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Greetings Creston Neighbors!

Summer is more than half over and I hope everyone is enjoying all our mountains have to offer.

In June of this year, my wife and I traveled to Colorado, Utah, Arizona and New Mexico. This is not the first time I have traveled in these states, but now living permanently in the mountains of NC, I found myself comparing the mountain ranges. There are definite pros and cons found in comparing the Rockies to the Blue Ridge/Smokies, but it is mostly down to a personal preference.

  • There is no doubt that the Rocky Mountains have much more impressive elevations, with more than 100 mountain tops that are above 10,000 feet, with the highest being Mount Elbert, coming in at 14,433 feet. In comparison, the tallest range in our North Carolina Mountains is Mount Mitchell at 6,684, with only sixteen mountain peaks exceeding 6,000 feet in elevation in the Blue Ridge/Smokies.

  • The Blue Ridge/Smoky mountains are more than 6 times older than the Rockies. The Rockies are estimated to be around 70 million years old, while the Smoky Mountains are estimated to be 480 million years old.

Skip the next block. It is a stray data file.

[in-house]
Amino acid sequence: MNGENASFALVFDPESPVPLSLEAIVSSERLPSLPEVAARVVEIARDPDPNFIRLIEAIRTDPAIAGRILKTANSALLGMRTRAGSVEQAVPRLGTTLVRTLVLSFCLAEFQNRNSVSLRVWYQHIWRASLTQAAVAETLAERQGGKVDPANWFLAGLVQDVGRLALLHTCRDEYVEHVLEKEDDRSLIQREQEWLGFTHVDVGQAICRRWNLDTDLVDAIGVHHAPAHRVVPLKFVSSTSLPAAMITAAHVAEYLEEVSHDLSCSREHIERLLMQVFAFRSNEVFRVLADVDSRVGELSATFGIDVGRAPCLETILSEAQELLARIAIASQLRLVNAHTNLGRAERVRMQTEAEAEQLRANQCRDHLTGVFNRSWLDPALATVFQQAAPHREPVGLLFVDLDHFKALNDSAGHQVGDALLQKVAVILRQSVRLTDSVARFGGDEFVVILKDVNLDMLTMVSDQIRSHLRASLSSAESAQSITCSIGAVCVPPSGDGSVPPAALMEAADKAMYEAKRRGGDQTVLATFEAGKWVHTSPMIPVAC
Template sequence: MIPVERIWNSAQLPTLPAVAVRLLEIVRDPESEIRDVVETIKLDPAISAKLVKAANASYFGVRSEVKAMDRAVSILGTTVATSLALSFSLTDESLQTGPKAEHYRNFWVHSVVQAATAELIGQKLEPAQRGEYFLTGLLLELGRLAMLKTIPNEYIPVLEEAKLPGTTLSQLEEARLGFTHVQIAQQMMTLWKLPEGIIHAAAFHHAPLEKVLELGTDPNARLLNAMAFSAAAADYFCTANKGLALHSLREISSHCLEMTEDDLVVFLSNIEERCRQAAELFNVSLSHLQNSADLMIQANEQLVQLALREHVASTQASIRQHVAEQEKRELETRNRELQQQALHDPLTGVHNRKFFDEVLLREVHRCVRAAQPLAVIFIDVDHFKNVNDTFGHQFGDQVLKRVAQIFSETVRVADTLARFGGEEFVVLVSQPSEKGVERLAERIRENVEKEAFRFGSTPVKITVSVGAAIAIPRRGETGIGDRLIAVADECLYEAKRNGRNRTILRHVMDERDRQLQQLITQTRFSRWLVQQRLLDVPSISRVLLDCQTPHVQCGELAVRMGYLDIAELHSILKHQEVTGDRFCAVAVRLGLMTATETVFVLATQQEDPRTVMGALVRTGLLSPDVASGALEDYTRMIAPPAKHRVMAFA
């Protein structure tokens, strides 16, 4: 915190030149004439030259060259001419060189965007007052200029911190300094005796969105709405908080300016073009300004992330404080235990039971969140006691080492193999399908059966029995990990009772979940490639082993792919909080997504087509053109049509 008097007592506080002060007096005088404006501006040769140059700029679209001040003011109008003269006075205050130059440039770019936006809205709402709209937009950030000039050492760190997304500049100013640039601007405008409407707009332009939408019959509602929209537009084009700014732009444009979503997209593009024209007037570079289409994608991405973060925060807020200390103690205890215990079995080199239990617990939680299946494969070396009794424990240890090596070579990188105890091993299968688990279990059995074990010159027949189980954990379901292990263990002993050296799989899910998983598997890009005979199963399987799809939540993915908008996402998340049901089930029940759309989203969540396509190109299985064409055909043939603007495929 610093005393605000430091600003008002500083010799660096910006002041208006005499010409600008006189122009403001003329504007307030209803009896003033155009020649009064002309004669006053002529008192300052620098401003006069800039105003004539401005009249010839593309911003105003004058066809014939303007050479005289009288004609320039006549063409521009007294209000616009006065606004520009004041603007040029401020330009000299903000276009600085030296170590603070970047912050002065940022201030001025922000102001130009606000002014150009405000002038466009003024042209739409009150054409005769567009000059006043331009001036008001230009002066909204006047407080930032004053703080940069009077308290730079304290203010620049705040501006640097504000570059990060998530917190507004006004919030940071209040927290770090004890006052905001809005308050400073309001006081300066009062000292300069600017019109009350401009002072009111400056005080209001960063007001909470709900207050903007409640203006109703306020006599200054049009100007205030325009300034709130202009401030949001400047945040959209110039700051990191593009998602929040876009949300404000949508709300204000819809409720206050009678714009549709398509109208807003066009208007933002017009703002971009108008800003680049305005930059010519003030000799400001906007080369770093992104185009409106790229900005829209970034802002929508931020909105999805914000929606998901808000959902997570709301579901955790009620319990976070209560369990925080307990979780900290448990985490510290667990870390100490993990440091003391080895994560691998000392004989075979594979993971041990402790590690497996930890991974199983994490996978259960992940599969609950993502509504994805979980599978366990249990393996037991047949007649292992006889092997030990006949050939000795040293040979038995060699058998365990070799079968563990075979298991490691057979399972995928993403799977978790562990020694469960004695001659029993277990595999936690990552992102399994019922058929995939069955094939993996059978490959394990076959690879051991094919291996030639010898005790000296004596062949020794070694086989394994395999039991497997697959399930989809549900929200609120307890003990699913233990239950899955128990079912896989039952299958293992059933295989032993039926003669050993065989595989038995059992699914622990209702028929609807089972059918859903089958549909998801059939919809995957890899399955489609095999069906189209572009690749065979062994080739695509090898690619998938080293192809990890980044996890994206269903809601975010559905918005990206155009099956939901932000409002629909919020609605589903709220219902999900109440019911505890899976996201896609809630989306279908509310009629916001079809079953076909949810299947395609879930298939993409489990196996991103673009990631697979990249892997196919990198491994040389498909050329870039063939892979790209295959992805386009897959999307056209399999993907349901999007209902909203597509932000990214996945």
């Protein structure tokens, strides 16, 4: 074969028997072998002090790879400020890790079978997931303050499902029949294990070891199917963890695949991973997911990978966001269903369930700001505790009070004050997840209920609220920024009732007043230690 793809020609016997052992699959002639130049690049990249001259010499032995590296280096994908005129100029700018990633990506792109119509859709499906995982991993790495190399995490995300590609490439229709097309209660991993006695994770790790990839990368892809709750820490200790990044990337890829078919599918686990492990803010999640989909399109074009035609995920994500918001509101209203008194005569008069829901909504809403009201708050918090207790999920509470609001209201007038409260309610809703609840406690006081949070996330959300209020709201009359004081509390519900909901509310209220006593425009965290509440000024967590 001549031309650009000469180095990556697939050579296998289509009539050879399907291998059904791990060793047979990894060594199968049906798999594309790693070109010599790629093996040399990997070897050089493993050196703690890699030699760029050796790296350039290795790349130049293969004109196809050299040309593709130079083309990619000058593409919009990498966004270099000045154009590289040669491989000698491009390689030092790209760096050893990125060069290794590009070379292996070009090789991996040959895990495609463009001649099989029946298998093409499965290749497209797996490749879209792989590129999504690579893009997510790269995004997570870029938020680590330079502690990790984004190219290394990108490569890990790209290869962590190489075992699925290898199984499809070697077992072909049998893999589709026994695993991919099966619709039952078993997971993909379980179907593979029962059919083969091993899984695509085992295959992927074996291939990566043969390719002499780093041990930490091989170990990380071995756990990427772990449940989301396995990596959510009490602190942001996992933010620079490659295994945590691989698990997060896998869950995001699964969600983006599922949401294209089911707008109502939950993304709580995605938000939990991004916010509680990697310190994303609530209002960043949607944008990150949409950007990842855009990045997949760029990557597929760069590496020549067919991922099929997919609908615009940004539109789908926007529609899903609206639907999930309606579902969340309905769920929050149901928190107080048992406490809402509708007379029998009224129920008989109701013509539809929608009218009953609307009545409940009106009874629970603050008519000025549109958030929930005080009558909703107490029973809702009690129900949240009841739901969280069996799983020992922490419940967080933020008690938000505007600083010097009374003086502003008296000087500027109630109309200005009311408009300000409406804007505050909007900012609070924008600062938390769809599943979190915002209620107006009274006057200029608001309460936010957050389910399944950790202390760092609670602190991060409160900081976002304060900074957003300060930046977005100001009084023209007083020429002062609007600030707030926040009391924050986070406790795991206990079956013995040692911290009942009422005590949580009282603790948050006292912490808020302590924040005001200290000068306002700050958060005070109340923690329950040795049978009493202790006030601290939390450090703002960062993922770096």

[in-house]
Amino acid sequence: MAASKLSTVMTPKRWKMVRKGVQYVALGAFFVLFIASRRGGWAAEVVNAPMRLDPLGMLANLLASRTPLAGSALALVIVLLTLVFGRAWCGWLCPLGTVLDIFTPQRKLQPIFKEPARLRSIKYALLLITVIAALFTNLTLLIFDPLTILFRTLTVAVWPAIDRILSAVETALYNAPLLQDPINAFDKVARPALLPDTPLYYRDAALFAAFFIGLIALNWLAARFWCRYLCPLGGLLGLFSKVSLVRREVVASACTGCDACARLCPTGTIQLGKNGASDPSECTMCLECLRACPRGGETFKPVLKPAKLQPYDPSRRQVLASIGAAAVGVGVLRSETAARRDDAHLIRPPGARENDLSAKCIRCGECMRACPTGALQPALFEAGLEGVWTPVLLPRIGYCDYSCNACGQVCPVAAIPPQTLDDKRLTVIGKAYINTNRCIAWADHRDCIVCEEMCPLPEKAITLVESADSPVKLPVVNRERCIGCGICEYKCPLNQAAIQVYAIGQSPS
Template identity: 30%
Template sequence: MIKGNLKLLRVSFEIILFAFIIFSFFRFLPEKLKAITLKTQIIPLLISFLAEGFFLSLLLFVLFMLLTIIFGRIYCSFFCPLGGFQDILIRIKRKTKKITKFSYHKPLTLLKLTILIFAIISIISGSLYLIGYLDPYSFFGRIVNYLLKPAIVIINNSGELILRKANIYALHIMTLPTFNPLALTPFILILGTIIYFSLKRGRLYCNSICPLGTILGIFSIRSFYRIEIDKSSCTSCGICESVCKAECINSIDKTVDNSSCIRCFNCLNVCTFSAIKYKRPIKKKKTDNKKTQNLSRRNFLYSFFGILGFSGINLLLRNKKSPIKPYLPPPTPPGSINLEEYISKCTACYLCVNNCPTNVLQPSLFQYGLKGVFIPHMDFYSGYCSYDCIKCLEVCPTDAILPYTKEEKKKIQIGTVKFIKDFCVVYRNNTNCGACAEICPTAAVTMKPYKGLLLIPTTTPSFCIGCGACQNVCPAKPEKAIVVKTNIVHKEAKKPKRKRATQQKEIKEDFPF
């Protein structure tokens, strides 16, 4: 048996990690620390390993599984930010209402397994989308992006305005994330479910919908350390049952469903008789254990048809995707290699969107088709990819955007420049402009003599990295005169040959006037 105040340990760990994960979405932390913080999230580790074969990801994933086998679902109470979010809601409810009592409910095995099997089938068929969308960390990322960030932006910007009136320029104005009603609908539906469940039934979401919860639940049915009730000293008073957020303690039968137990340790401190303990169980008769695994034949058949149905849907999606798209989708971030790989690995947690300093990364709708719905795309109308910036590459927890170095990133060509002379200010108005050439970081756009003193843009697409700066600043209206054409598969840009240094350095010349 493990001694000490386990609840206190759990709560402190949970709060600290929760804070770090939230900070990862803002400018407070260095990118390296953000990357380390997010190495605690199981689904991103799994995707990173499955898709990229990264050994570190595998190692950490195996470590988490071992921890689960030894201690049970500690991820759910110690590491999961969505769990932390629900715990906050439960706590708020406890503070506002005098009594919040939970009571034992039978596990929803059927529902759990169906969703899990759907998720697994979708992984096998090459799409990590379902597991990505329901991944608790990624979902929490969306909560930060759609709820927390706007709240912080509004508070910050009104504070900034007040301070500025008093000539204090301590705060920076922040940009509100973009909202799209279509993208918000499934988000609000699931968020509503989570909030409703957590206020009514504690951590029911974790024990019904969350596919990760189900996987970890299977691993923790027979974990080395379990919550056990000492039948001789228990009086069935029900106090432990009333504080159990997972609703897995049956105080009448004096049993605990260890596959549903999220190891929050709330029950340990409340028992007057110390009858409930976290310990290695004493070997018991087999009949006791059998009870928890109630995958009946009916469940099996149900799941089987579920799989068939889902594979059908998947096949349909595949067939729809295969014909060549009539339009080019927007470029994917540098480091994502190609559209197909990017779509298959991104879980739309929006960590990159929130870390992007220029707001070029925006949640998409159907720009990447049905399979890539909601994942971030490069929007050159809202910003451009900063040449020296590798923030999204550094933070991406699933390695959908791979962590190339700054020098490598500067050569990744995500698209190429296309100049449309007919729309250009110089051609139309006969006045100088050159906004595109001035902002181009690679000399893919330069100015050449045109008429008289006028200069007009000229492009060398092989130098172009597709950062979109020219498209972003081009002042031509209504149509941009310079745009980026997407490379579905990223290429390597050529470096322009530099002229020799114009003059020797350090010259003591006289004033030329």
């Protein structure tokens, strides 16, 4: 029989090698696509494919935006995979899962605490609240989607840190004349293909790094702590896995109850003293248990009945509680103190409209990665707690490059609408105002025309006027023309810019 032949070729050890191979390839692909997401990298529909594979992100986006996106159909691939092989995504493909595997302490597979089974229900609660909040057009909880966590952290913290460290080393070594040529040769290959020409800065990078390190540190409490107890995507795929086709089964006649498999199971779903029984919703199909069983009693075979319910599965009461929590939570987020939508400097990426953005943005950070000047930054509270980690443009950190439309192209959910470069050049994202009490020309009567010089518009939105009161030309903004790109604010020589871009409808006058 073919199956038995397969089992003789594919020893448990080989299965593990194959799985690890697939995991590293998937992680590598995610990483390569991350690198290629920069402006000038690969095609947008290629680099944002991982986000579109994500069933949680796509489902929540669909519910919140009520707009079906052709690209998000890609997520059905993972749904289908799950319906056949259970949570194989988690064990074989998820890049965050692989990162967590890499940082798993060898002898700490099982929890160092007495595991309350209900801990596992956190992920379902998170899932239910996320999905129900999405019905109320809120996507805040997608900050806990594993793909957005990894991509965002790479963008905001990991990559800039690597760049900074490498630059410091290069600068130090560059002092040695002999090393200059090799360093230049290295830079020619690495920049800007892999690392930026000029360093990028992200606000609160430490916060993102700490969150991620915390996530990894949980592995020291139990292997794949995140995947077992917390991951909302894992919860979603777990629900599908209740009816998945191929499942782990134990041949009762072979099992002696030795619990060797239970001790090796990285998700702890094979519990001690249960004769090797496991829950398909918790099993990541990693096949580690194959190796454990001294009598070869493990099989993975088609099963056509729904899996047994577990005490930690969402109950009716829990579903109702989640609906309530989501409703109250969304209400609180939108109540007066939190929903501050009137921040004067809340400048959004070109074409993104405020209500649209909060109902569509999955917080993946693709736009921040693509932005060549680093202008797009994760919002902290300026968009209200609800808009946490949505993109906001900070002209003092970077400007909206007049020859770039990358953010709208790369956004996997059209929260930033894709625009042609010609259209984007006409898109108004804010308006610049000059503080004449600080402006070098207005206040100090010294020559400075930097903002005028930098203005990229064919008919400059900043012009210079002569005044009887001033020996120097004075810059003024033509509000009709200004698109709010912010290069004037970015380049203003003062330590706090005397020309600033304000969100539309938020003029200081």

• Out west the humidity is very low with little rail fall, high temperatures and intense sunshine, compared to our typically, sometimes welcomed cloud cover with very humid and wet rainforest like conditions.

  • The roads and highways out west tend to go around the mountains and through the available passes, whereas our roads go up and down over the hills and mountains.

The Blue Ridge/Smoky Mountains and the Rockies have one thing in common; the beauty and wonderment that high elevations can provide. Upon returning from our trip, I have a renewed appreciation for our mountains. It was nice returning to the beauty in our lush green trees, streams, rivers, and waterfalls. I encourage you all to explore our trails here in Creston, and enjoy the mountains, towns, State and National Parks in our area. We are truly blessed to live in such a beautiful location.

Best Regards,

Kevin Zimmer

Creston POA Board President

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